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Understanding Eating Disorders

Aspirus Clinical Therapist Offers Guidance for Support and Recovery


Taylor Young, Aspirus Clinical Therapist

An estimated 28.8 million Americans will suffer from an eating disorder at some point in their lives, according to the National Eating Disorders Association (NEDA).


Taylor Young, a clinical therapist with Aspirus Health, emphasizes that eating disorders encompass a range of conditions characterized by disordered eating patterns, negative body image, and the relentless pursuit of societal ideals of beauty and health.


"Eating disorders are more prevalent than people think," Young highlights. "The pressure to conform to societal standards of body image can be overwhelming, yet health and weight are not as interconnected as many believe."


Anorexia nervosa, bulimia nervosa, and binge eating disorder are among the most common diagnoses, affecting individuals of all ages, genders, and backgrounds. While there's a prevailing misconception that eating disorders primarily afflict young women, Young points out that young men and people of diverse identities are also at risk due to societal expectations.


"The highest risks are often observed in young adults, particularly those who are highly anxious and strive for perfection," Young notes. "However, it's important to recognize that eating disorders don't discriminate based on demographic factors."


Early intervention is paramount in mitigating the long-term complications associated with eating disorders, which can include psychological imbalances and nutritional deficiencies. Recognizing early warning signs, such as changes in eating habits and post-meal behaviors, is crucial for initiating conversations and seeking professional help.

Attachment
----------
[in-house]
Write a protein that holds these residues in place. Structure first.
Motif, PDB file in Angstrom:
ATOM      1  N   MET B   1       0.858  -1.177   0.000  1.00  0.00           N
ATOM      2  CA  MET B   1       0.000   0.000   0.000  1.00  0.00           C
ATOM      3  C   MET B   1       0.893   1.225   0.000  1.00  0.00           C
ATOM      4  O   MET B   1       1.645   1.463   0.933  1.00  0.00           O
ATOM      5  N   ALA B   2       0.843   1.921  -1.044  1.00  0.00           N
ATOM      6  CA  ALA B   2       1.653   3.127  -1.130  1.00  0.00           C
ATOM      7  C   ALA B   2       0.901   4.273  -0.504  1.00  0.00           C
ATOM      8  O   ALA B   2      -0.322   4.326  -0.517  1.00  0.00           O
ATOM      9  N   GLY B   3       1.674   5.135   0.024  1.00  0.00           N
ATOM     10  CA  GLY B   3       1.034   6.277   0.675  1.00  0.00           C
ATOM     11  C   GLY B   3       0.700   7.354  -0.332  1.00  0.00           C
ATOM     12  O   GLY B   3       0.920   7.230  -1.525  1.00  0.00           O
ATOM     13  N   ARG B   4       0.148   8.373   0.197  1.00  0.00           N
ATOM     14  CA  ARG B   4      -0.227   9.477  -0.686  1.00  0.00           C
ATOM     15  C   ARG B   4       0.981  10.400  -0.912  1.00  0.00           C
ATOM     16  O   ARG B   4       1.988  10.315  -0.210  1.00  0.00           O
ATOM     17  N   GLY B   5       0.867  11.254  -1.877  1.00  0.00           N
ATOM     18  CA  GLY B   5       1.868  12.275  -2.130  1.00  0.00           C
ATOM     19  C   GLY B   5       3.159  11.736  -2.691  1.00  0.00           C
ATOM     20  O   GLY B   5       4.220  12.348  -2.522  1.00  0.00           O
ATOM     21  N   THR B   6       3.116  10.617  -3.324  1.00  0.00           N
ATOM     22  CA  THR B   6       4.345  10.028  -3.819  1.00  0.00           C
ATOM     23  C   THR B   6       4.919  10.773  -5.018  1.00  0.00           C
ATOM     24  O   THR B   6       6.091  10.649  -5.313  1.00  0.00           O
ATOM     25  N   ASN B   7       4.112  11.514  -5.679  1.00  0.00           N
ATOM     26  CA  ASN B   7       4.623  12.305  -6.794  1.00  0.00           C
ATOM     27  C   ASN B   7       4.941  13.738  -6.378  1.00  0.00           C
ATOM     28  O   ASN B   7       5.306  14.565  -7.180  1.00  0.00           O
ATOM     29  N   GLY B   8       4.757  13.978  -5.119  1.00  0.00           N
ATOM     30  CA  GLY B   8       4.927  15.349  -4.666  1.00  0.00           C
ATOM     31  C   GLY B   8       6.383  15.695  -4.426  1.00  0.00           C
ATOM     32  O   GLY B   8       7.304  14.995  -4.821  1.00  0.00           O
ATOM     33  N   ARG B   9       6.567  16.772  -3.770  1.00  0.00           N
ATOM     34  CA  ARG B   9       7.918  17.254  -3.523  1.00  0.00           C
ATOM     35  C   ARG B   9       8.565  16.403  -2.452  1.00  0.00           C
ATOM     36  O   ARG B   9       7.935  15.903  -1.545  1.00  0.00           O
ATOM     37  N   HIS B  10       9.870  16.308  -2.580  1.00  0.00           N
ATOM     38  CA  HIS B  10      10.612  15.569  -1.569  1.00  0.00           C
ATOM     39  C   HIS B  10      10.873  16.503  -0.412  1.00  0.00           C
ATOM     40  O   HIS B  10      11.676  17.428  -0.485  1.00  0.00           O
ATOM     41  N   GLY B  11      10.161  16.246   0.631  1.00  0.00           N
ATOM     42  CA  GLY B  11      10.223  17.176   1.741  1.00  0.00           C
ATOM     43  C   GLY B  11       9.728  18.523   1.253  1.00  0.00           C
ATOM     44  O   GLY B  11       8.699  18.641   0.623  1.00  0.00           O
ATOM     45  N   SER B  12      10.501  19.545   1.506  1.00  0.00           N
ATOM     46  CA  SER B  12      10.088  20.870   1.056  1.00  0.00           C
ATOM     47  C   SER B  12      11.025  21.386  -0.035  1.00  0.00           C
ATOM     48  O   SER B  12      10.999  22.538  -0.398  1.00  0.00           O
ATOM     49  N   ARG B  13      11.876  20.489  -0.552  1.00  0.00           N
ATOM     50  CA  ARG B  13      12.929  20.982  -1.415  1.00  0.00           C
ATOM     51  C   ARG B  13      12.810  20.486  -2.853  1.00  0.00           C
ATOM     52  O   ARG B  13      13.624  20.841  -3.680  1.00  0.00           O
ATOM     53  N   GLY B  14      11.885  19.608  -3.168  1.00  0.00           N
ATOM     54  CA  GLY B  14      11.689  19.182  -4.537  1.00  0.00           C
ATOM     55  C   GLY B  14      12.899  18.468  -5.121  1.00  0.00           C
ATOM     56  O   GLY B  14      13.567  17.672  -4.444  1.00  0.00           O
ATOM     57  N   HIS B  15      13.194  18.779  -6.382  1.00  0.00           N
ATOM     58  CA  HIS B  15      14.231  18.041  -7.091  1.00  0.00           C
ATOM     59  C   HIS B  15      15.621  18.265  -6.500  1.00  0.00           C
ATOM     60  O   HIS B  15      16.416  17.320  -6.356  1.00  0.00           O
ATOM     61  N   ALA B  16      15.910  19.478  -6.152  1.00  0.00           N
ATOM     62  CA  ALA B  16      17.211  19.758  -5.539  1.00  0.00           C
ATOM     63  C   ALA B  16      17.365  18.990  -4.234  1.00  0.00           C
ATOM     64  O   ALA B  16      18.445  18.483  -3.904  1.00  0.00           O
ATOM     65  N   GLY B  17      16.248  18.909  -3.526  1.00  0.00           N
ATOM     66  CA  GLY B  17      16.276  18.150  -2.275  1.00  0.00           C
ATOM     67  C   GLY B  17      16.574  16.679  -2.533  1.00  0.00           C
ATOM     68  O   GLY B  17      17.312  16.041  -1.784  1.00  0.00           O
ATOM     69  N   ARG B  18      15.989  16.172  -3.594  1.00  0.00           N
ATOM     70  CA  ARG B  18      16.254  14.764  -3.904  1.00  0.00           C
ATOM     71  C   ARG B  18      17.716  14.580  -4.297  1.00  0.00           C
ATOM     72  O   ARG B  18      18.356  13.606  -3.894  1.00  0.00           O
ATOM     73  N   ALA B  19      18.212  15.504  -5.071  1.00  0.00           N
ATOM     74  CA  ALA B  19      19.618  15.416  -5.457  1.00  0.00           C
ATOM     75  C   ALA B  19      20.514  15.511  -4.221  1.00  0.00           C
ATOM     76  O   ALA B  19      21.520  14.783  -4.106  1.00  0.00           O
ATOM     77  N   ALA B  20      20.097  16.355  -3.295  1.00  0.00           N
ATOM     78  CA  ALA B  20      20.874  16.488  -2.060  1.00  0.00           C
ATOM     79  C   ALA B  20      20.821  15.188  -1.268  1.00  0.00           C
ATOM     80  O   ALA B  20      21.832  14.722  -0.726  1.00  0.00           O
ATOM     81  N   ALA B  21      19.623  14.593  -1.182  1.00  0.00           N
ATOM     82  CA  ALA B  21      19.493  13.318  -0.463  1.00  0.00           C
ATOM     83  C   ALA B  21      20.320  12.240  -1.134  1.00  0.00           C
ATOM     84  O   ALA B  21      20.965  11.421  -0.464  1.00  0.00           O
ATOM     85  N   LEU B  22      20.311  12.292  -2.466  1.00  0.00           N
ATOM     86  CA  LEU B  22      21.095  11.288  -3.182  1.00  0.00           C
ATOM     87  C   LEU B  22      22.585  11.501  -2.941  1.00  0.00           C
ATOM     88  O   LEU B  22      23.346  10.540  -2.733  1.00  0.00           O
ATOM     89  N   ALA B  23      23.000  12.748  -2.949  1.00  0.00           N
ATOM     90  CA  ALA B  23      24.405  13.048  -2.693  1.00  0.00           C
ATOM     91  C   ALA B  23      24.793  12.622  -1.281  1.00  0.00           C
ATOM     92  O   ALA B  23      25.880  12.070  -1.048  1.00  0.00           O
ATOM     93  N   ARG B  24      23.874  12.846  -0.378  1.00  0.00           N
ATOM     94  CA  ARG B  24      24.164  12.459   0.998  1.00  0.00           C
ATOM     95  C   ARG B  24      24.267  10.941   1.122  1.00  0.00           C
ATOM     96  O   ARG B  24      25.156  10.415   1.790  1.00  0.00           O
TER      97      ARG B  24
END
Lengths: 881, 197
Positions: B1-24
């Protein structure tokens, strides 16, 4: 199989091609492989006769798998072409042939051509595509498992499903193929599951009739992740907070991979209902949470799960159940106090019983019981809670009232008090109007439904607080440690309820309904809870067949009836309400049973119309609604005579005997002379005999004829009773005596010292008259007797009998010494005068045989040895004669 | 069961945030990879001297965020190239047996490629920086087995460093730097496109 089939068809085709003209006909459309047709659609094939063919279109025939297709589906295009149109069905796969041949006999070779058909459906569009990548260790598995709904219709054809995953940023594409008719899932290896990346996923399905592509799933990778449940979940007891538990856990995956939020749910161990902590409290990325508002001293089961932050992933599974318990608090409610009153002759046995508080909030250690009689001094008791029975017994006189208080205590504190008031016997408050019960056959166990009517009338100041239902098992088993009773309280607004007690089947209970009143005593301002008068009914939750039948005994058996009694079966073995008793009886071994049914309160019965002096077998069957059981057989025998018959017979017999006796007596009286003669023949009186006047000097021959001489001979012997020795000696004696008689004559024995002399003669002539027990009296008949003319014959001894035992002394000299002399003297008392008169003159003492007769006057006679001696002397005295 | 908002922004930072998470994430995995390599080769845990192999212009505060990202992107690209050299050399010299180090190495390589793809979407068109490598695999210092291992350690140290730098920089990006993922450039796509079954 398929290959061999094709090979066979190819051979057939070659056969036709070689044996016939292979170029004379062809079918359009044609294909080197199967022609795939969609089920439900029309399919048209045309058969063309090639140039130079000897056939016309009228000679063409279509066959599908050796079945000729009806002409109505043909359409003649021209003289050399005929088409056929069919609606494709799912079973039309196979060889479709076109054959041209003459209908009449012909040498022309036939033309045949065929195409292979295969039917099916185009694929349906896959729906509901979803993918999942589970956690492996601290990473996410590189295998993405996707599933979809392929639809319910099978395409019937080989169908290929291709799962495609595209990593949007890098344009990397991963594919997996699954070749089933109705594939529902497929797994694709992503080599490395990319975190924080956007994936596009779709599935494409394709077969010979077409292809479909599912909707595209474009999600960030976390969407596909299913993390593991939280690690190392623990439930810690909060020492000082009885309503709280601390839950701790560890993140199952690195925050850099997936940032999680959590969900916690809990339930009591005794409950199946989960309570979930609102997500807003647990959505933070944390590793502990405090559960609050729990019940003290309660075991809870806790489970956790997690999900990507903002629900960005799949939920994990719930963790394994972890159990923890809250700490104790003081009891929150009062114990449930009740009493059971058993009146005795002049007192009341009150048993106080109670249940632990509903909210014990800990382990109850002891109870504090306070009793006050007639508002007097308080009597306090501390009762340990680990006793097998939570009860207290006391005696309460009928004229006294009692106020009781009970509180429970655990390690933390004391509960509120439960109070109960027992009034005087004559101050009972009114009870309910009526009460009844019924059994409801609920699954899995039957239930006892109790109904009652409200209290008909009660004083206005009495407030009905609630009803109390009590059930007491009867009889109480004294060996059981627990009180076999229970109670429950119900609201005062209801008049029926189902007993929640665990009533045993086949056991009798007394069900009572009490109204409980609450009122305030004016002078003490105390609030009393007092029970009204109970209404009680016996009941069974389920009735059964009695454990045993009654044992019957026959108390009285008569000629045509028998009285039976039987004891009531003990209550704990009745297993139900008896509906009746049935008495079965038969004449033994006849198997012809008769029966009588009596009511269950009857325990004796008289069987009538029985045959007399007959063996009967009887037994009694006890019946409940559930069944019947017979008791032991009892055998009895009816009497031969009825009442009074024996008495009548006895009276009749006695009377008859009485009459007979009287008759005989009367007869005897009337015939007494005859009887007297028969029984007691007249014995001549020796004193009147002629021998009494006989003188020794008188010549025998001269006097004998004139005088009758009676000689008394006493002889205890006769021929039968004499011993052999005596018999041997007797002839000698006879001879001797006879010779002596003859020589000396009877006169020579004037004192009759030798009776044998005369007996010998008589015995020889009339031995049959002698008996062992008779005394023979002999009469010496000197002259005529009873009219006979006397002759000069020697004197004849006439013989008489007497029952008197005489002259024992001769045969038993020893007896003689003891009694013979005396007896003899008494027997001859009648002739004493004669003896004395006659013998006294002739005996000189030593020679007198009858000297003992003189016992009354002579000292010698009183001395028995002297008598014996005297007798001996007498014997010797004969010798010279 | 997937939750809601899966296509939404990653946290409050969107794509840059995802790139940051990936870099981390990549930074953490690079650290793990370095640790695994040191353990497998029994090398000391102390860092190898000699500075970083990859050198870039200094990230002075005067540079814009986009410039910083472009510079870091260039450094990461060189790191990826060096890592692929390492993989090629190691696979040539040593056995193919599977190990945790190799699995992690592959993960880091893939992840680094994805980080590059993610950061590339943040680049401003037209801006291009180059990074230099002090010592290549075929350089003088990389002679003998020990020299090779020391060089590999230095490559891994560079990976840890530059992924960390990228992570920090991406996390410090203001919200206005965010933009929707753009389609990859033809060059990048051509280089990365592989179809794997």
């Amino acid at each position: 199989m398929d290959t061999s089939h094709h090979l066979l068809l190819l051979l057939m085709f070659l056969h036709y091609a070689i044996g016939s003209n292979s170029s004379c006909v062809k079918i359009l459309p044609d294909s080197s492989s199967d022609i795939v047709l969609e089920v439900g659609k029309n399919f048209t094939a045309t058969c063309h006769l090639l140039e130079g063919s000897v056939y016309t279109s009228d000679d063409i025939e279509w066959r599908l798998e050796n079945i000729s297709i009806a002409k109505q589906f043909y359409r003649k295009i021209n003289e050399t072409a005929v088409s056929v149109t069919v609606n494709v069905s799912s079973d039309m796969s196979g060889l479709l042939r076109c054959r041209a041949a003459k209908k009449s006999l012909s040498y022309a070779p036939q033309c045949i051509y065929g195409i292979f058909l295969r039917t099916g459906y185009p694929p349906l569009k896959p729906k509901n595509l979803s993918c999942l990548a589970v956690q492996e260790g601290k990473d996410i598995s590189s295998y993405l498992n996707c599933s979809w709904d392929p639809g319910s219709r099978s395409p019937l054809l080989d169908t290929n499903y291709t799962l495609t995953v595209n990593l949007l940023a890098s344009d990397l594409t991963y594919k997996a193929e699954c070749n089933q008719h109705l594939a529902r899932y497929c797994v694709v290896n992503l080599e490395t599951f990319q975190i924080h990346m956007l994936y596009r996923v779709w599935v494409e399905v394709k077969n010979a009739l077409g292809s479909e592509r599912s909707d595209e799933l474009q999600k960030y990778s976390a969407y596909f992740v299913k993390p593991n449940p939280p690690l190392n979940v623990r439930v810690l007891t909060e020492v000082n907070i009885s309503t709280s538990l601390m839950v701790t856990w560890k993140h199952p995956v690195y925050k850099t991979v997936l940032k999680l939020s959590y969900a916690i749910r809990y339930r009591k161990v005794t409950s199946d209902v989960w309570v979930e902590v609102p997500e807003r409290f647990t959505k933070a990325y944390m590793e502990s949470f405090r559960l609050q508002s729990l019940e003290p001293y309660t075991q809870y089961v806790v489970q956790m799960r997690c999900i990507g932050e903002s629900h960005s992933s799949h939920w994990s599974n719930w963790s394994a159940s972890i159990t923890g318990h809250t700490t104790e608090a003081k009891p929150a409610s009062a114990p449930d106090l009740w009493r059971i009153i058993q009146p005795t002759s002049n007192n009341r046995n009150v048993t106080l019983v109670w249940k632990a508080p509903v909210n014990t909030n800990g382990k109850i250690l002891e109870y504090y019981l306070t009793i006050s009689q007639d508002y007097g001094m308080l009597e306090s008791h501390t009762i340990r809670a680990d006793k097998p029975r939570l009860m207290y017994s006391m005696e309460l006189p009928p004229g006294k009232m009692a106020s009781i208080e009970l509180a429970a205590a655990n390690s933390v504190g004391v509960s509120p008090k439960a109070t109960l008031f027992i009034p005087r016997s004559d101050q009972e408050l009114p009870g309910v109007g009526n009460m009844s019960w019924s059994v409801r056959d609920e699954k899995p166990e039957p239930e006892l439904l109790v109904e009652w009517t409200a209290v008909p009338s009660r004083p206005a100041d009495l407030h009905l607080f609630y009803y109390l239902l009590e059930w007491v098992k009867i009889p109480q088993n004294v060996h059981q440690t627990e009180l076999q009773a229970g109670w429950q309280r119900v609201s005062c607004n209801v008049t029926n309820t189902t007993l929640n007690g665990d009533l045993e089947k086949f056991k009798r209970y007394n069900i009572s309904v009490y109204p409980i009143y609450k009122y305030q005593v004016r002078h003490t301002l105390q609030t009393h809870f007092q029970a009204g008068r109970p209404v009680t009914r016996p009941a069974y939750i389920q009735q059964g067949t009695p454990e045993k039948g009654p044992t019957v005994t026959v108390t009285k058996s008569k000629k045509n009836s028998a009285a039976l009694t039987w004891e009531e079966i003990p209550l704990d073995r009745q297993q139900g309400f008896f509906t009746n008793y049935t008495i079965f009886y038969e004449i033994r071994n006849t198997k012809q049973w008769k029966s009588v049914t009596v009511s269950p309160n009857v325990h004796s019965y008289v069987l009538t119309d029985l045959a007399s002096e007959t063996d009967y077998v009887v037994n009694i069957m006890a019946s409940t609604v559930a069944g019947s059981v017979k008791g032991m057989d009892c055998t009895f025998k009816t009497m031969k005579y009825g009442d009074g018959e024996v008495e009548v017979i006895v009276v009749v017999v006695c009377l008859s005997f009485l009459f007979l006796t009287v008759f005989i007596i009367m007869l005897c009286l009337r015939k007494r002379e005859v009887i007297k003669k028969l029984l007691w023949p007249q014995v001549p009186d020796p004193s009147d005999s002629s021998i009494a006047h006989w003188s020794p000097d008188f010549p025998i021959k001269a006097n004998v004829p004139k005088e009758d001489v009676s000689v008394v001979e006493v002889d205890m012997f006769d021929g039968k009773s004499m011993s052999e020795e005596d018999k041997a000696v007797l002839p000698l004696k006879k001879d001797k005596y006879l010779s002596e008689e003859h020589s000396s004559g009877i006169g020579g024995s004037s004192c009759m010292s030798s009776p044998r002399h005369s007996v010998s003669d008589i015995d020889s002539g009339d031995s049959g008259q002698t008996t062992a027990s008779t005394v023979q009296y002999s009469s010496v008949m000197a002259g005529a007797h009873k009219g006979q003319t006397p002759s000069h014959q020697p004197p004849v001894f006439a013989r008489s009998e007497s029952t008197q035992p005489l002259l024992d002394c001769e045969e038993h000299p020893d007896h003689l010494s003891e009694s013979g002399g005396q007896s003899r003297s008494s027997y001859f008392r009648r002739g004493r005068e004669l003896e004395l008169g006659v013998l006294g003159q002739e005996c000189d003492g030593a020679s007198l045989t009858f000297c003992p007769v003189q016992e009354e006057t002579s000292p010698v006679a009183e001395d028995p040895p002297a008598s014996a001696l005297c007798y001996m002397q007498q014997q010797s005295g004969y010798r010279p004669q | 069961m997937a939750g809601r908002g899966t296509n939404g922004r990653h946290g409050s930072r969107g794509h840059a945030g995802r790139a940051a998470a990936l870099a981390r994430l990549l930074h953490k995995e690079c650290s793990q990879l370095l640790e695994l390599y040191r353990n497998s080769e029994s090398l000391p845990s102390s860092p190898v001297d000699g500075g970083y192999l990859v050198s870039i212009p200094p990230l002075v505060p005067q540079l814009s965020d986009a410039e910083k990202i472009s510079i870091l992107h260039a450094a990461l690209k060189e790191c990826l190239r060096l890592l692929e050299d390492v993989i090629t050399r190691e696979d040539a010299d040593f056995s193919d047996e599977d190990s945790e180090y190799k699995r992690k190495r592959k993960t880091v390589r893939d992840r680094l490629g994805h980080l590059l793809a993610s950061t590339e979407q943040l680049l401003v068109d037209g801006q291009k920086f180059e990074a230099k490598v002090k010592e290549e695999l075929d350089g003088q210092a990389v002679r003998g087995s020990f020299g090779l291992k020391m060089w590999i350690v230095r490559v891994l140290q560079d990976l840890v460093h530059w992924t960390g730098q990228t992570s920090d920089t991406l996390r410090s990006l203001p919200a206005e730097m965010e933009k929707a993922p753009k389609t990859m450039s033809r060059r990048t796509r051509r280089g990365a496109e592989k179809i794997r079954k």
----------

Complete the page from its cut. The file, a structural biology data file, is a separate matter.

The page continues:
"Addressing concerns with empathy and understanding is key," Young advises. "Engaging in open, one-on-one dialogue without judgment can encourage individuals to seek the support they need."


Seeking assistance from a multidisciplinary team comprising health care providers, therapists, and nutritionists is essential for developing comprehensive treatment plans tailored to individual needs. Additionally, fostering a supportive environment within families and communities plays a pivotal role in the recovery journey.


"As a society, we must dispel the stigma surrounding eating disorders," Young stresses. "Awareness campaigns like National Eating Disorders Awareness Week serve as catalysts for destigmatization and promote inclusivity in discussions about mental health."


With proper care, full recovery from eating disorders is very possible. The first step is to schedule an appointment with a primary care clinician, who may refer you to a behavioral health specialist. To learn more about the behavioral health and counseling services available at Aspirus, visit



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